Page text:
Our trainer helped us with everything. Before I called her, I did not know what to do and I couldn’t get her any farther. We had hit a wall as far as training went. But after she came to our house and gave us some awesome advice everything was different. Agility has helped immensely with her confidence as well. She was a different dog a year ago, barking at garden gnomes and freaking out at dogs. She’s not perfect, not by a long shot, but we can take her downtown to the harbourfront and not worry there is going to be trouble. That’s pretty huge.

      Good luck! With all your knowledge and abilities, I am sure you and Daph will be a huge success!

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  8. Thanks for the mention! We always get excited to see that people actually like what we’re writing about. We always dream of having a yard, but I think the having to walk them each day part has really made us more connected and focused on positive behaviors. I also had the same reasons as you for starting Miss M in all those training classes, because she was so crazy and excitable, and now it has just become an addiction. I know Shiva will do so well in CGC. And look at all the great blog posts you keep coming up with…

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    • Thanks! I really hope so. I really hope I am brave enough to try.

      Dog training is an addiction for me as well. But one I am not even a little ashamed of!

      Thanks for all of your kind thoughts.

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  9. Rugby hardly gets walked, but we do spend lots of time training outside. SO I guess he does walk, but it isn’t really “to” any place jsut “around” the training area we picked for the day. I do walk him if he we take a day off of training though so he can stretch his legs.

    Love train your dog month! I don’t think people really understand just how reward it is!

    I understand your desire to get Shiva’s CGN also. It always feel better when you reach a training goal with a dog with a bad start! Her story reminds us of our friend Brandy, the Kerry Blue Terrier whose training has literally saved her life!
    http://sanityshome.blogspot.com/2009/08/taming-beast-part-1.html

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    • I think Rugby gets a ton of exercise and training with or without a walk! You have done such an amazing job with him and your relationship is enviable.

      Thanks for the link! I will have to check it out.

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  10. We have a fenced yard, not big but good enough for our two dogs but I can tell you that they don’t do much there even if I leave them in the yard. They prefer a walk in the neighbourhood or somewhere else except inside the fenced yard. Therefore, we still have to go out for a walk : )

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  11. Lots of good stuff in this post–where to begin?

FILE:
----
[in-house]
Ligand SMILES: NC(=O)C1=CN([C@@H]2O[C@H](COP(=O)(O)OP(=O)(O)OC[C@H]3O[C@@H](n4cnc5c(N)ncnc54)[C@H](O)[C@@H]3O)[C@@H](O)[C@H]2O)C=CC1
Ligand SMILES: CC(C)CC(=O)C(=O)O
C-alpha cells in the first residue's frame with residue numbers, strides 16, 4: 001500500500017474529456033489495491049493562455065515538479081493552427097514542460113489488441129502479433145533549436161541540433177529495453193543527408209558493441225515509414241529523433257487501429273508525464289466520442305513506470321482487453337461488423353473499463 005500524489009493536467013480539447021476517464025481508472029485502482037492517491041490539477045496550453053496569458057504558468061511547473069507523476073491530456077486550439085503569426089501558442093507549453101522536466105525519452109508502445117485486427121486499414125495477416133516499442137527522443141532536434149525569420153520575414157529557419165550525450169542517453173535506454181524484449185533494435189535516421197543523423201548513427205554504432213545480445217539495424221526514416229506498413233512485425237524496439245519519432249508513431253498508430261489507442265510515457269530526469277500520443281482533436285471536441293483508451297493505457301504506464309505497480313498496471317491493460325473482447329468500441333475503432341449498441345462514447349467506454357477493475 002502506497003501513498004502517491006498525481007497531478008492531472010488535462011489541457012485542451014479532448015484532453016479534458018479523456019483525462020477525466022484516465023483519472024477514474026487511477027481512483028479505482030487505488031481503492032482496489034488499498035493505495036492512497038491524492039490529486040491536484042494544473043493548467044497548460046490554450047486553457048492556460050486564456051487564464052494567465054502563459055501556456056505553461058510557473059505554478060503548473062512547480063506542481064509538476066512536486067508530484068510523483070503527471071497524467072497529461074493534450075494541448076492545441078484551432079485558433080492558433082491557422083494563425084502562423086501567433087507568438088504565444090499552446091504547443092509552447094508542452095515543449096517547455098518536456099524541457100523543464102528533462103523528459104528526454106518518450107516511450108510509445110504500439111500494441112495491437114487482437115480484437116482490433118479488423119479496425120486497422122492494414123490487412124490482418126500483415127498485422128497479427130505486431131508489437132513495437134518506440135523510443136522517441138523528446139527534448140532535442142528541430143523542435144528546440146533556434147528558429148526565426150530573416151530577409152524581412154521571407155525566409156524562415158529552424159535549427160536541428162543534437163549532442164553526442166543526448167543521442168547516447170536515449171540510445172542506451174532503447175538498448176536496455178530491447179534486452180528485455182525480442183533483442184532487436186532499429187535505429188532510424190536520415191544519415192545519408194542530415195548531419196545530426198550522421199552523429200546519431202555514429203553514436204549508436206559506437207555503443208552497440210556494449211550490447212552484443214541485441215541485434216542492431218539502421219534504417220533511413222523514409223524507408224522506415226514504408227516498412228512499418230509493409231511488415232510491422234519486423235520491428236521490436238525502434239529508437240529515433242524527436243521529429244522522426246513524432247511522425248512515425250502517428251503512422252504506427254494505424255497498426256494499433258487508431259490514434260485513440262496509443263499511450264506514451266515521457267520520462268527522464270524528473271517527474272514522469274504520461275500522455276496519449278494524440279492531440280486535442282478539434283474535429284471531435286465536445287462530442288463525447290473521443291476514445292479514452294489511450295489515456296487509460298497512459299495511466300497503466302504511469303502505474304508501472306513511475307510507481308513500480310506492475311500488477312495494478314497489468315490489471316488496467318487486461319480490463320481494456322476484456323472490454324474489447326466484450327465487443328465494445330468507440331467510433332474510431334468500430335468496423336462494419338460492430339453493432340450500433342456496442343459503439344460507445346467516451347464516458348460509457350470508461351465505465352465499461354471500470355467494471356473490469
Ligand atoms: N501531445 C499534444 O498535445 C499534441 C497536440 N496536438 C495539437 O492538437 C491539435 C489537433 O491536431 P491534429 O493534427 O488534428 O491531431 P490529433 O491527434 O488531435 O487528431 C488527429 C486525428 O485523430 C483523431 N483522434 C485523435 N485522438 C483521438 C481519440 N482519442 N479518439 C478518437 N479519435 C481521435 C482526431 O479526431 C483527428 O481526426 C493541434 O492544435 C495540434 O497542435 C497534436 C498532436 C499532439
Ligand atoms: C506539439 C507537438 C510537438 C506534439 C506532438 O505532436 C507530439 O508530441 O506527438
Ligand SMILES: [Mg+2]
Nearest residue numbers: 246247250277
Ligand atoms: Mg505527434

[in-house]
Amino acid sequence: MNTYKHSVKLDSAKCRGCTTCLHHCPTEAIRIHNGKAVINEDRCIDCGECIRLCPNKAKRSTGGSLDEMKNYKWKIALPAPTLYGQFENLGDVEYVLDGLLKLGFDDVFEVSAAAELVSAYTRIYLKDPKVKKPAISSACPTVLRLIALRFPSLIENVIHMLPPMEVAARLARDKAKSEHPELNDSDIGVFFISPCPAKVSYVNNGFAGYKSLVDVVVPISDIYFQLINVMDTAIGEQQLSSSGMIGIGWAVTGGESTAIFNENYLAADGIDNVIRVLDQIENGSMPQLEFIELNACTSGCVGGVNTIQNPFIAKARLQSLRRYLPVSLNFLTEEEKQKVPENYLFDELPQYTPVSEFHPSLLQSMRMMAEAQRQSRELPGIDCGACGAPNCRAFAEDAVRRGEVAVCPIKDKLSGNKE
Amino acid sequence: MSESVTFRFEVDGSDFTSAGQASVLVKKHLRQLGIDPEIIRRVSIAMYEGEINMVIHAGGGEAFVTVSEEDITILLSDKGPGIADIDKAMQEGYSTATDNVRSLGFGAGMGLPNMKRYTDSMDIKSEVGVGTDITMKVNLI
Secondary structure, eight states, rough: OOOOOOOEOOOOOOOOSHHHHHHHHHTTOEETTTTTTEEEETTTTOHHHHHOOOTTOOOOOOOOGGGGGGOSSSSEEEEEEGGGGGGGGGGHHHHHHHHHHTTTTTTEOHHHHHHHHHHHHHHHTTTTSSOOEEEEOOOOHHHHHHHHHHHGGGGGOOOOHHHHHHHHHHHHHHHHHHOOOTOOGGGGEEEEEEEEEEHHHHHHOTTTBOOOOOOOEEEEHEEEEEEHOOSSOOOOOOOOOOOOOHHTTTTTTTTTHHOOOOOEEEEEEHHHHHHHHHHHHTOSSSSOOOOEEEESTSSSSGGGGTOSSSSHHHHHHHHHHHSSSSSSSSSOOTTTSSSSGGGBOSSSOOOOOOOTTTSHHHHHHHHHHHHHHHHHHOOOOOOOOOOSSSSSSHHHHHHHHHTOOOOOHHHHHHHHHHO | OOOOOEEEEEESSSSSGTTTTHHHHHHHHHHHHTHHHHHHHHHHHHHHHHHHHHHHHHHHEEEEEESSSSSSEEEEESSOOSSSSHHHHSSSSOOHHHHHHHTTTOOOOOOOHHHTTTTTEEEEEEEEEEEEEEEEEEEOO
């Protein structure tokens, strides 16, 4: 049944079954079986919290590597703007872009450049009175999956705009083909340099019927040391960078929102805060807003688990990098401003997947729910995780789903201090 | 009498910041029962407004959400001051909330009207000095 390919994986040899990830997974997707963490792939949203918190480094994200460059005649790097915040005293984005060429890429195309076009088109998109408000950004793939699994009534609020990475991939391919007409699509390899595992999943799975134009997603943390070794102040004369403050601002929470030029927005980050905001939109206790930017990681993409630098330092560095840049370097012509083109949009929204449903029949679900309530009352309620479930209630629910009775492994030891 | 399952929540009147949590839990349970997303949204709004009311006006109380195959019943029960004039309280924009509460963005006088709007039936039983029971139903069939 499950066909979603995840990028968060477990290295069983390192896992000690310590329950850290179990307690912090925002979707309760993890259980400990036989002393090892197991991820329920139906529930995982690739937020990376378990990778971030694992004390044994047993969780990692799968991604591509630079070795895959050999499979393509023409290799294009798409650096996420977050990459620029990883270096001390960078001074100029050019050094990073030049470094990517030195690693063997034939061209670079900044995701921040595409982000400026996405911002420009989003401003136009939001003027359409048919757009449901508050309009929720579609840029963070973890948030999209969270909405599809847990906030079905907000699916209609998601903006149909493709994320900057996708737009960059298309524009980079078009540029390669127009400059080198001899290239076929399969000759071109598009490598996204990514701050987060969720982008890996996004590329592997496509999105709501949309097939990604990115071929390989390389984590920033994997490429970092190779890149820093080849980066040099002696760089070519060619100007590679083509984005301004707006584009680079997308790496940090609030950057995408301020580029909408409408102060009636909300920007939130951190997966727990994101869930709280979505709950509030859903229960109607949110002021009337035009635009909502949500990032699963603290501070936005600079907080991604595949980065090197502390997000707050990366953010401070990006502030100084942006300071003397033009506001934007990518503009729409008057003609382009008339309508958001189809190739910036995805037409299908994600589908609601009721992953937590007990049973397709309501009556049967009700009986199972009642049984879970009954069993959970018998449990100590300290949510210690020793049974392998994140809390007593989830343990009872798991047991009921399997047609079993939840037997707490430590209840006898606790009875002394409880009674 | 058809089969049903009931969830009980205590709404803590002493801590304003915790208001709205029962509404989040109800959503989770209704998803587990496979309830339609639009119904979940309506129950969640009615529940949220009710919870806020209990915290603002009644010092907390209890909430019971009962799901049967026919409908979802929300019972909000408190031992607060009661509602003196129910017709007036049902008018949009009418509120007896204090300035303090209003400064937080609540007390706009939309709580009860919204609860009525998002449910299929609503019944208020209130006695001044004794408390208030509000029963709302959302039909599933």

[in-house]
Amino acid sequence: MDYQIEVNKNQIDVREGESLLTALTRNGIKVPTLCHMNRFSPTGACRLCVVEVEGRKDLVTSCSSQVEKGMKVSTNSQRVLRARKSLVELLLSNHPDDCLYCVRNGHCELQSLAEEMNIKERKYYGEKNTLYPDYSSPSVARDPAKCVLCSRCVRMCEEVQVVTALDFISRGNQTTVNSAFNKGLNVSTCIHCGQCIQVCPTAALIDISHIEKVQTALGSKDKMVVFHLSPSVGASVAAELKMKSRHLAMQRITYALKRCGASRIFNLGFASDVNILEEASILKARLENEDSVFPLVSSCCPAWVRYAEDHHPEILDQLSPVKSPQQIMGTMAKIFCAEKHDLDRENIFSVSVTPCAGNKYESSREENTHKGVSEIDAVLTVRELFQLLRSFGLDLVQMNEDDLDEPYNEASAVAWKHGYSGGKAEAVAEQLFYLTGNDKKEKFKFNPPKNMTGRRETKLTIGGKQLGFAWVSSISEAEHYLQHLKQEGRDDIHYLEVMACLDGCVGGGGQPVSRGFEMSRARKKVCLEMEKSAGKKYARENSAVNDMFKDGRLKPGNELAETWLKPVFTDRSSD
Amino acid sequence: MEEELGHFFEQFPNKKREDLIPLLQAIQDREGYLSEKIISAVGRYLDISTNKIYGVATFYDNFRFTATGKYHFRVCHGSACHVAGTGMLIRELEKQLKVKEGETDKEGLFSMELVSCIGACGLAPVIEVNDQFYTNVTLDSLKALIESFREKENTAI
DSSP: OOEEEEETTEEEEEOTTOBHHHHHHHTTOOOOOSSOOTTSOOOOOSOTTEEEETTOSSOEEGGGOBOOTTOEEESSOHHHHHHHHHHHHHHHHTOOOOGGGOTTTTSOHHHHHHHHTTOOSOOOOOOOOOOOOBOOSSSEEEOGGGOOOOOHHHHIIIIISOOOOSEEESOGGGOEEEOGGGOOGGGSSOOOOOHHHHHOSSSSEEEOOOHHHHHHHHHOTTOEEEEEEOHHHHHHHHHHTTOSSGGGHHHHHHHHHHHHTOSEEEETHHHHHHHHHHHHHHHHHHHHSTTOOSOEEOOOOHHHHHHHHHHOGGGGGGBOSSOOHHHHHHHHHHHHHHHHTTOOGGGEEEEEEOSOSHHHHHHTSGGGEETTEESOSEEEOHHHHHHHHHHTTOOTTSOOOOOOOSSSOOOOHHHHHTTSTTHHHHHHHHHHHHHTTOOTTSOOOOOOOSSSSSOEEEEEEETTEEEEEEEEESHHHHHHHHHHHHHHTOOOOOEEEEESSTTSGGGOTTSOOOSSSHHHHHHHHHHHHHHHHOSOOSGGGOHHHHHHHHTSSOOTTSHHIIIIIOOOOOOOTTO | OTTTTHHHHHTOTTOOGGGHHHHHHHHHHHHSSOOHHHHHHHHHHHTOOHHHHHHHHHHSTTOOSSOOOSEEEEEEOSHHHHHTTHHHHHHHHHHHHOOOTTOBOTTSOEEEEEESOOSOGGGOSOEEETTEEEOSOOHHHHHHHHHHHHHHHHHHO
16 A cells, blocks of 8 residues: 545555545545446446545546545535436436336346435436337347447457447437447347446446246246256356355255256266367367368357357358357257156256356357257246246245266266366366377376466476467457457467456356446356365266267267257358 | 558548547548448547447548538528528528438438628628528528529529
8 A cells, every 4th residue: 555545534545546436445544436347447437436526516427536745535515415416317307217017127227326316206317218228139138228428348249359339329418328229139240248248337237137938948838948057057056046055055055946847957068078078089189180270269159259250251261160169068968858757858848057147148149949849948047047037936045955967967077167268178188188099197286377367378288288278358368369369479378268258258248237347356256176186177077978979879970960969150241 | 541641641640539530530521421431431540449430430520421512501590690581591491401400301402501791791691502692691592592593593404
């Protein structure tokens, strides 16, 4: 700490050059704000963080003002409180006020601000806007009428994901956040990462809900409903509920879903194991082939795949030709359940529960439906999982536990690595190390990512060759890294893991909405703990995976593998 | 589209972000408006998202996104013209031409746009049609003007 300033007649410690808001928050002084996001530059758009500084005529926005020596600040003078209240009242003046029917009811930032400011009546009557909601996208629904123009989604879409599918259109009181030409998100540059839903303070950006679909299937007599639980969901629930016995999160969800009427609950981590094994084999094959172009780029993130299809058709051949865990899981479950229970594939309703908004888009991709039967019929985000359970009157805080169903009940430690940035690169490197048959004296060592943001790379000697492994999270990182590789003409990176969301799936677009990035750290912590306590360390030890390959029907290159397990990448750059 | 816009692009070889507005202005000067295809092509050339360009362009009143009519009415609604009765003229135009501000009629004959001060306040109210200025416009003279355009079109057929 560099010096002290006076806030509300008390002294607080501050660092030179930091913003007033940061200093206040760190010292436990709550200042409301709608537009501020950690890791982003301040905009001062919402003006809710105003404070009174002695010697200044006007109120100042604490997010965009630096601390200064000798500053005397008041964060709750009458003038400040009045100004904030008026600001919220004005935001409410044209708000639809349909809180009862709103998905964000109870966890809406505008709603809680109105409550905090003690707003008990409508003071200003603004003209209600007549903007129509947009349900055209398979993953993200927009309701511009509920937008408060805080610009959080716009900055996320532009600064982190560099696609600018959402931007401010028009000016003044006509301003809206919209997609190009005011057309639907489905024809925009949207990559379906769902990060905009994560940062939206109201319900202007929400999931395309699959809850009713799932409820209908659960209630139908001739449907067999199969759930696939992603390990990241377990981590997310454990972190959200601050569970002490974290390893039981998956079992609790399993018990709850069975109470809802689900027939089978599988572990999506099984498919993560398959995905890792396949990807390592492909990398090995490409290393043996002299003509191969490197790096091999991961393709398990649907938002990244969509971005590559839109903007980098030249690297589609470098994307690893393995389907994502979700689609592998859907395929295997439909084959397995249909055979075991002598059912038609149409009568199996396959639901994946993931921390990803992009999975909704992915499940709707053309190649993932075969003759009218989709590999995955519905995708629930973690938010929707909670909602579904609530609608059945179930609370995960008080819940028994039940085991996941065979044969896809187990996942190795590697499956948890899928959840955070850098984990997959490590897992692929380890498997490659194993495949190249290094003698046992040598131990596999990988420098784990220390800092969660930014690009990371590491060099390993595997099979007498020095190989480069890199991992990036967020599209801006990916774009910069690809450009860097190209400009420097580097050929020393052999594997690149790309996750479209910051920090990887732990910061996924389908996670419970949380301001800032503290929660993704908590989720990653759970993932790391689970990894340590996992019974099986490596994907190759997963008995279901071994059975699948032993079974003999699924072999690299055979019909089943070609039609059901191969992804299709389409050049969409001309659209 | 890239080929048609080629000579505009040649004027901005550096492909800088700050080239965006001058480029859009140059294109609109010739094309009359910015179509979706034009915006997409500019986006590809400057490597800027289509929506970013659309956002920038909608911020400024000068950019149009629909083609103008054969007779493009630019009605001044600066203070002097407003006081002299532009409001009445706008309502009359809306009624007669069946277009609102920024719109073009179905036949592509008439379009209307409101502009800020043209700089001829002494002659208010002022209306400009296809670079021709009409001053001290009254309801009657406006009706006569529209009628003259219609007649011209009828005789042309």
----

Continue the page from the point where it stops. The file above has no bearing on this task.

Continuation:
On fences–I hate hearing people say they need to have a big back yard for their dog to play in. Very few dogs play by themselves outside. What most dogs really want is someone to play with them–whether in the yard, house or on a walk.

    Fenced yards are best for having a safe place to play with your dog off leash. But as you mentioned, many people find fun alternatives without a yard.

    Shelter & rescue worker negativity–A lot of these folks see the very worst of human nature in their jobs. And in a “kill” shelter, they have to witness animals being put to death every day because of cruel, negligent, and ignorant people.

    I think that many shelter staff get so tired of taking dogs back from people who just didn’t understand how much work it would be, or why their dog was destructive or noisy that they always want to put the worst face on things. If you know the worst and still want to adopt an animal, maybe you won’t be back.

    It’s really bad marketing but I think I can understand how it happens.

    Finally, it sounds like you and Shiva have really been able to touch some folks looking for a better relationship with their dogs. Brava!

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    • Thanks for sharing your thoughts. It is always appreciated. You are right about shelter workers. I should be more sympathetic. It is not an easy job and it is one I take very seriously. Perhaps my disappointment with the city pound in general caused some of my emotion. I don’t blame the staff, of course, just the management. Or rather, the city for setting it all up in the first place. But that’s another story. 😛

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  12. Oddly enough, Jersey is way better off leash than on leash. She never leaves my sight, does a really great “wait”, never runs after other dogs, never goes onto the street and has a really good recall. I can walk her off leash in downtown Toronto with no problems at all. There have been times when I have been in crowds so thick that I take her off leash so that she can pick her own way thru and not get her leash tangled up in the legs of a person that is not paying attention (ie. texting)

    When I have to keep her on leash, she pulls sometimes, but after awhile she calms down and walks with me. I think that it’s more of a thrill of a new place than being disobedient.

    Go for the Canine Good Citizen test! It looks like fun and it’s something to do with the dog.